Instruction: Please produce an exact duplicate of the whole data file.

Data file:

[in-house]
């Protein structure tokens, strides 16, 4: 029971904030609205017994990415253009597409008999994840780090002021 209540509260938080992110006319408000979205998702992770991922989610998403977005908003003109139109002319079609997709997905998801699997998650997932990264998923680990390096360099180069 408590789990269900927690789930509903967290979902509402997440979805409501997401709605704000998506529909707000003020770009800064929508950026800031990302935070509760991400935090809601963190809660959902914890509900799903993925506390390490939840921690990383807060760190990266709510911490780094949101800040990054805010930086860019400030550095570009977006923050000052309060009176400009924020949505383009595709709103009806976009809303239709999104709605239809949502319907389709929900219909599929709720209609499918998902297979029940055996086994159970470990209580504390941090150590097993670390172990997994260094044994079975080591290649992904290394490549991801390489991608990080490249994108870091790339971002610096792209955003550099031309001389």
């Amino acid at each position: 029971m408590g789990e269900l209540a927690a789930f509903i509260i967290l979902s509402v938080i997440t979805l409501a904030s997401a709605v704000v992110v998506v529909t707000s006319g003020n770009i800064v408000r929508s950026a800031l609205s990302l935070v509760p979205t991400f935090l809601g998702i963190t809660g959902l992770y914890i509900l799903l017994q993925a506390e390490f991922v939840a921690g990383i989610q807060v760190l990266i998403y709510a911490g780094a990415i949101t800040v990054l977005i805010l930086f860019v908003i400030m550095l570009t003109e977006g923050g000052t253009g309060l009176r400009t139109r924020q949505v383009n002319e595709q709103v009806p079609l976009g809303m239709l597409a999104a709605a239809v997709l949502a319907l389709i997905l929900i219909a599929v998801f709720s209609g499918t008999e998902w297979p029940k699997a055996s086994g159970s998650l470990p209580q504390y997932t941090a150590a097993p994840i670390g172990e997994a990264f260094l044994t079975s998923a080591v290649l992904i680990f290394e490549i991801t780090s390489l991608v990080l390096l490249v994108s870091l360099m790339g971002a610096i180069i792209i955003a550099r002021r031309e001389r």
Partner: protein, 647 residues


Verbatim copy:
[in-house]
């Protein structure tokens, strides 16, 4: 029971904030609205017994990415253009597409008999994840780090002021 209540509260938080992110006319408000979205998702992770991922989610998403977005908003003109139109002319079609997709997905998801699997998650997932990264998923680990390096360099180069 408590789990269900927690789930509903967290979902509402997440979805409501997401709605704000998506529909707000003020770009800064929508950026800031990302935070509760991400935090809601963190809660959902914890509900799903993925506390390490939840921690990383807060760190990266709510911490780094949101800040990054805010930086860019400030550095570009977006923050000052309060009176400009924020949505383009595709709103009806976009809303239709999104709605239809949502319907389709929900219909599929709720209609499918998902297979029940055996086994159970470990209580504390941090150590097993670390172990997994260094044994079975080591290649992904290394490549991801390489991608990080490249994108870091790339971002610096792209955003550099031309001389």
């Amino acid at each position: 029971m408590g789990e269900l209540a927690a789930f509903i509260i967290l979902s509402v938080i997440t979805l409501a904030s997401a709605v704000v992110v998506v529909t707000s006319g003020n770009i800064v408000r929508s950026a800031l609205s990302l935070v509760p979205t991400f935090l809601g998702i963190t809660g959902l992770y914890i509900l799903l017994q993925a506390e390490f991922v939840a921690g990383i989610q807060v760190l990266i998403y709510a911490g780094a990415i949101t800040v990054l977005i805010l930086f860019v908003i400030m550095l570009t003109e977006g923050g000052t253009g309060l009176r400009t139109r924020q949505v383009n002319e595709q709103v009806p079609l976009g809303m239709l597409a999104a709605a239809v997709l949502a319907l389709i997905l929900i219909a599929v998801f709720s209609g499918t008999e998902w297979p029940k699997a055996s086994g159970s998650l470990p209580q504390y997932t941090a150590a097993p994840i670390g172990e997994a990264f260094l044994t079975s998923a080591v290649l992904i680990f290394e490549i991801t780090s390489l991608v990080l390096l490249v994108s870091l360099m790339g971002a610096i180069i792209i955003a550099r002021r031309e001389r």
Partner: protein, 647 residues